In order to reduce GHGs emission, several strategies were proposed. 3Rs (Reduce, Reuse, and Recycle) are approaches which would effectively reduce waste at source and transfer stations. Waste to energy is another alternative to waste recovery prior to disposal in landfill. However, the cooperation and participation of municipal staff impacts negatively on GHG mitigation efforts through electricity consumption reduction including energy savings through responsible vehicle usage. Incentives for GHG emission mitigation would be optional for increasing motivation for carbon footprint balance [20]. The three most influential constraints to collect data and GHG emissions reduction from upstream and downstream of the organizational activities would be identified in terms of time, cost, and data accessibility. Many organizations have a poor understanding of GHG emissions directly and indirectly associated with their activities. Consequently, this limited reduction for GHGs mitigation in the local municipality is a subject requiring further exploration. The carbon footprint should also be continually evaluated to monitor the GHG reduction and energy conservation measures [21]. The convergent approaches are practically involved in global warming mitigation thoroughly as well.

5. Conclusion

A general methodology, which provides a practical, reliable, and transparent inventory for practitioners in assessing the carbon footprint for local organizations, was followed. The total carbon footprint for Kho-hong municipality is 16,920.29 ton CO2eq/year. Carbon footprints under scopes 1, 2, and 3 are 1129.92, 255.24, and 15,535.13 ton CO2eq/year, respectively. The highest carbon footprint was represented by waste to sanitary landfill (15,524 ton CO2eq/year) while the highest emission from activities in municipality was due to diesel combustion from municipality-owned vehicles (746.92 ton CO2eq/year) followed by fugitive emissions from refrigerant (289.60 ton CO2eq/year), and third emissions were electricity consumption (255.24 ton CO2 eq/year). The lowest emissions were due to emissions from wastewater without treatment (0.45 ton CO2 eq/year). Though indirect emissions (scope 3) represent the largest proportion of the organization’s carbon footprint, these are seldom the priority in carbon management policies in municipalities. In order to reduce GHGs emission, several strategies were proposed. 3Rs (Reduce, Reuse, and Recycle) are adaptive approaches which would effectively reduce waste at source and transfer stations. Waste to energy is another alternative to waste recovery prior to disposal in landfill. However, the cooperation and participation of municipal staff impacts negatively on GHG mitigation efforts through electricity consumption reduction including energy savings through responsible vehicle usage. Incentives for GHG emission mitigation would be optional for increasing motivation for carbon footprint balance. The carbon mitigation with cost reduction should not only be one’s task responsibility but public participation is also required to provide sustainable workplace [22]. Convergent approaches would be a good alternative for GHGs mitigation for local organizations. However, limitations in time, cost, and human behavior (negatively impacting on public cooperation) were some of the most important barriers identified.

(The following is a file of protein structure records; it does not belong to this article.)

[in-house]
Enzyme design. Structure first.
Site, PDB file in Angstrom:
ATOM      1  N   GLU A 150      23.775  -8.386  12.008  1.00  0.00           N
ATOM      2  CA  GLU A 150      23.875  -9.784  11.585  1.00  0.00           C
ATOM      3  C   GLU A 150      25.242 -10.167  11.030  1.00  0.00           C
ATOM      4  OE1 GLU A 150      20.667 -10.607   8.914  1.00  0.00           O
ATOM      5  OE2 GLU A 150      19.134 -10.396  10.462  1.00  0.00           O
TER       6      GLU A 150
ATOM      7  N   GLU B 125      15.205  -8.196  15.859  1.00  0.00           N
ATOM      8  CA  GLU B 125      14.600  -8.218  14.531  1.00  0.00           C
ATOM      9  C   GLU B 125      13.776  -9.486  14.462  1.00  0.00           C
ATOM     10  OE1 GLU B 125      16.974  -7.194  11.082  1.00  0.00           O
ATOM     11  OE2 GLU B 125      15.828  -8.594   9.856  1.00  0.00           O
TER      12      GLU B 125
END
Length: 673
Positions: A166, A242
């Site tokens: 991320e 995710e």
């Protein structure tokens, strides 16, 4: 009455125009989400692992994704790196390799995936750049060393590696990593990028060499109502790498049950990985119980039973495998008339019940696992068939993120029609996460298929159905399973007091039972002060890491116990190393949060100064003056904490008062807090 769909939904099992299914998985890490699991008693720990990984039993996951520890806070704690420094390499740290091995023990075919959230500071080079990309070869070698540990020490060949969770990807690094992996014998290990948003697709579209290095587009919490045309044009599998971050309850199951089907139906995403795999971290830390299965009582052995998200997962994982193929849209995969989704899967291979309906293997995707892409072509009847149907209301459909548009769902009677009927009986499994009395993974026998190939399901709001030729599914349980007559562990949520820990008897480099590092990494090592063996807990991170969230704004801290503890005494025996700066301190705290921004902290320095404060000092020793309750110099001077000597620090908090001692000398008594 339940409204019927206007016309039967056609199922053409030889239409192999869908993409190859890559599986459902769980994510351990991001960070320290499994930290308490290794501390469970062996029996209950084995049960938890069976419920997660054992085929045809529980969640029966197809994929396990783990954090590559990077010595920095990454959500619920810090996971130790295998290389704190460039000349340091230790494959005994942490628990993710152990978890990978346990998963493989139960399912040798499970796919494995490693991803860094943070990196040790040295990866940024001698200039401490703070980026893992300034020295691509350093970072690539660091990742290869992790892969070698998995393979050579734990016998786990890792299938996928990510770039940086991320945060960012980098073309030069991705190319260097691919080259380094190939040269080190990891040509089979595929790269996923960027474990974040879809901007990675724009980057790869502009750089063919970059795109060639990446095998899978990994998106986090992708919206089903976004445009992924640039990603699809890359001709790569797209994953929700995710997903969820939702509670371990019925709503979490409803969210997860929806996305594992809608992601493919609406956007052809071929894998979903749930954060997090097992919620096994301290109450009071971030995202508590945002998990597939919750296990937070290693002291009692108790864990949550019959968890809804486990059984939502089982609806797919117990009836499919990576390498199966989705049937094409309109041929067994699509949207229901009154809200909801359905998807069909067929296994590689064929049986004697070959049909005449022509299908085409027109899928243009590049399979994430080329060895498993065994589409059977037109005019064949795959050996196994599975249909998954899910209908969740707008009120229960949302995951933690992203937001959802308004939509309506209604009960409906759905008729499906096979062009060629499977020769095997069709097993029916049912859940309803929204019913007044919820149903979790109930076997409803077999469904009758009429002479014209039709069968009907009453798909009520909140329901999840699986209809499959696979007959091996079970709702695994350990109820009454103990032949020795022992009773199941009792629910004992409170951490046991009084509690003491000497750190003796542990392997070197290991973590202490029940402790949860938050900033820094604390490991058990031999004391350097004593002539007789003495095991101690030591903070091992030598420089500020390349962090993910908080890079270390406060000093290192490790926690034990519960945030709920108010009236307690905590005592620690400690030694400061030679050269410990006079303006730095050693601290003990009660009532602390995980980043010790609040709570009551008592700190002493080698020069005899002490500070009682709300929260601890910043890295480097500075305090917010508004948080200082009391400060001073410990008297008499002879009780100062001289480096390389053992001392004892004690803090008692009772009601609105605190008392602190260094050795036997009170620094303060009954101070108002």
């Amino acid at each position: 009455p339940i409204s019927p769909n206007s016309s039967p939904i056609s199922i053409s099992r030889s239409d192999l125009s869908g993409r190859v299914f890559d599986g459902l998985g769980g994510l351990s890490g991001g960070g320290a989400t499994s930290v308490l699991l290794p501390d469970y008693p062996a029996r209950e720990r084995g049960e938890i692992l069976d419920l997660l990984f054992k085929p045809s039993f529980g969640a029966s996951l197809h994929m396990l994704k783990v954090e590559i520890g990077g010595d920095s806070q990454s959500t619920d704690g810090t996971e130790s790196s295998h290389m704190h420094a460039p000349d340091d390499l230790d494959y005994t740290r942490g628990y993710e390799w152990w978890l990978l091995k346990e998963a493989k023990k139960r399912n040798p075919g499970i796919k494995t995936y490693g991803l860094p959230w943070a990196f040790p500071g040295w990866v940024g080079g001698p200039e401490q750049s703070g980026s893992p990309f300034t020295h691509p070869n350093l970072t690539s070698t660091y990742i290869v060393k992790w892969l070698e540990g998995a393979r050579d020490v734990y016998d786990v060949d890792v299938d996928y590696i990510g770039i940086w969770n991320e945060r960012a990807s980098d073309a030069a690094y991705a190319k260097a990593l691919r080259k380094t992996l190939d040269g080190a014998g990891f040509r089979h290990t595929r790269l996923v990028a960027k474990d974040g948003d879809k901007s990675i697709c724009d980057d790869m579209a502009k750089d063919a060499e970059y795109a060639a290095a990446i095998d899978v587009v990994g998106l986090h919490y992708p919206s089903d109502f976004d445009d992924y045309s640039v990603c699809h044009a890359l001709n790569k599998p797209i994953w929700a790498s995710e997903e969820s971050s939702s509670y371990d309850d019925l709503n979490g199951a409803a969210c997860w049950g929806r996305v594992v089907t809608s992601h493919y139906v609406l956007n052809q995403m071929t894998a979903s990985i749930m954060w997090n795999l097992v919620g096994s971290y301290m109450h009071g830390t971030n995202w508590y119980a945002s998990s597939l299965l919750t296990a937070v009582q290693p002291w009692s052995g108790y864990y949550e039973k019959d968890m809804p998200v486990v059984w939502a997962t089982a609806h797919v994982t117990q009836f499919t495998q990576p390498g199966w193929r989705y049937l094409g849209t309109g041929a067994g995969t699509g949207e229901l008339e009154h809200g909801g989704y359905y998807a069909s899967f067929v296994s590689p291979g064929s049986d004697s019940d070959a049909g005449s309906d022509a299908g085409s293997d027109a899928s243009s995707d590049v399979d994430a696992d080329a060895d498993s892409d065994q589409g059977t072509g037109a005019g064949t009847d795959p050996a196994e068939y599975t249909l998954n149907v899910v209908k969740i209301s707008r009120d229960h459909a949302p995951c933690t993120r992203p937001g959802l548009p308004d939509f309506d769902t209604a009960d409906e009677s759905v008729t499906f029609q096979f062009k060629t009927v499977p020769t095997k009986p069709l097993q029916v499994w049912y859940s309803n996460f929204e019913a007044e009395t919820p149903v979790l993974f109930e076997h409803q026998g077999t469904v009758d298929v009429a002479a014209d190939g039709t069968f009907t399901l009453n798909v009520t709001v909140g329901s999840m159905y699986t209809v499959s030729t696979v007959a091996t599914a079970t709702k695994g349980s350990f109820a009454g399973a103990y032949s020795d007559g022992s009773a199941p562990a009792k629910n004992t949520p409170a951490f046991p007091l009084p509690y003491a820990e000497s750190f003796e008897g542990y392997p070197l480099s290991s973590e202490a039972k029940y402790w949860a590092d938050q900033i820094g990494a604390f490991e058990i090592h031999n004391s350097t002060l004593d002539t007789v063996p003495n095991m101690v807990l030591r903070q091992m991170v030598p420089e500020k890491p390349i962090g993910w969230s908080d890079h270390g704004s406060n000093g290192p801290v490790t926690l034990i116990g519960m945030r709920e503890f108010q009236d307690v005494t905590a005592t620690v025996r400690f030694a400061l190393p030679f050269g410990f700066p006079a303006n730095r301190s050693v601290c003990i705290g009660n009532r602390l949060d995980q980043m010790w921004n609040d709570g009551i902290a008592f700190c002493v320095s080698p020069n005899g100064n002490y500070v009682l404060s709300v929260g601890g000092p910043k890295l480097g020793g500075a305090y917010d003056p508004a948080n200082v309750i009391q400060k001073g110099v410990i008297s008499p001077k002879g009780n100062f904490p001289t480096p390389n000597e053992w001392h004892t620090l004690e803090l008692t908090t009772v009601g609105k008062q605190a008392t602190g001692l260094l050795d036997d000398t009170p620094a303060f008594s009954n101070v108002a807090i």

Acknowledgments

The provision of funding from Thailand Greenhouse Gas Management Organization (Public Organization) (TGO) on “Promoting the Carbon Footprint of Local Government Organizations and Reporting Greenhouse Gas Emissions” Project with Research Unit for Energy Economic and Ecological Management, Science and Technology Research Institute, Chiang Mai University, Thailand, is gratefully acknowledged. The financial contribution from the Center of Excellence on Hazardous Substance Management (HSM), Bangkok, Thailand, provided partial support for this research. The authors are also thankful to staff in the Kho-hong municipality for their support and cooperation during the carbon footprint evaluation program.

Table A1.

Electricity consumption of Kho-hong municipality in 2016 [4].

Calculation steps

GHGemissionselectricitykgCO2eq.yr1=ExEFeE2

where E = Electricity consumption (kWh/year).

EFe = CO2 emission factor for electricity consumption which, is 0.5821 kg CO2/kWh (Thailand Grid Mix Electricity LCI Database 2014_Update 1 Jan 2017, Table 3).

From the data above, the total electricity consumption = 438,484.42 kWh

GHG emissionselectricity = 438,484.42 × 0.582

= 255,241.78 kg CO2 eq/year

= 255.24 ton CO2eq/year

© 2018 The Author(s). Licensee IntechOpen. This chapter is distributed under the terms of the Creative Commons Attribution 3.0 License, which permits unrestricted use, distribution, and reproduction in any medium, provided the original work is properly cited.

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Warangkana Jutidamrongphan, Luke Makarichi and Samnang Tim (October 3rd 2018). Greening Municipality Through Carbon Footprint for Selective Municipality, Low Carbon Transition - Technical, Economic and Policy Assessment, Valter Silva, Matthew Hall and Inês Azevedo, IntechOpen, DOI: 10.5772/intechopen.78565. Available from: